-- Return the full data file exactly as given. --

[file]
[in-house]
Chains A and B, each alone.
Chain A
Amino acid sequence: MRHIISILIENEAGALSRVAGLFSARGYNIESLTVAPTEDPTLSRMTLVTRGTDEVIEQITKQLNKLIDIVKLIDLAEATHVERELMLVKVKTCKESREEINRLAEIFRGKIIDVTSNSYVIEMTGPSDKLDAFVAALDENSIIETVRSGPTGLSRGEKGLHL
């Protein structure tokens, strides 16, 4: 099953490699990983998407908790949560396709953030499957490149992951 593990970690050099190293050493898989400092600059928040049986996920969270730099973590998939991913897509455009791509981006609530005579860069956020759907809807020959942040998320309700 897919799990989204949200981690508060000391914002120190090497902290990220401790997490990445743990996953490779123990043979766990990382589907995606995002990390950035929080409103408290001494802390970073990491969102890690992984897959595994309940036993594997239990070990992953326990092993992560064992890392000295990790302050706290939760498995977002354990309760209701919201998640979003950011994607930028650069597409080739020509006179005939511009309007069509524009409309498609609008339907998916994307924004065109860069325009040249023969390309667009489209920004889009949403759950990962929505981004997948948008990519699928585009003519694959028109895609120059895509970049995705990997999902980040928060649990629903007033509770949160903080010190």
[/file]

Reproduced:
[in-house]
Chains A and B, each alone.
Chain A
Amino acid sequence: MRHIISILIENEAGALSRVAGLFSARGYNIESLTVAPTEDPTLSRMTLVTRGTDEVIEQITKQLNKLIDIVKLIDLAEATHVERELMLVKVKTCKESREEINRLAEIFRGKIIDVTSNSYVIEMTGPSDKLDAFVAALDENSIIETVRSGPTGLSRGEKGLHL
């Protein structure tokens, strides 16, 4: 099953490699990983998407908790949560396709953030499957490149992951 593990970690050099190293050493898989400092600059928040049986996920969270730099973590998939991913897509455009791509981006609530005579860069956020759907809807020959942040998320309700 897919799990989204949200981690508060000391914002120190090497902290990220401790997490990445743990996953490779123990043979766990990382589907995606995002990390950035929080409103408290001494802390970073990491969102890690992984897959595994309940036993594997239990070990992953326990092993992560064992890392000295990790302050706290939760498995977002354990309760209701919201998640979003950011994607930028650069597409080739020509006179005939511009309007069509524009409309498609609008339907998916994307924004065109860069325009040249023969390309667009489209920004889009949403759950990962929505981004997948948008990519699928585009003519694959028109895609120059895509970049995705990997999902980040928060649990629903007033509770949160903080010190």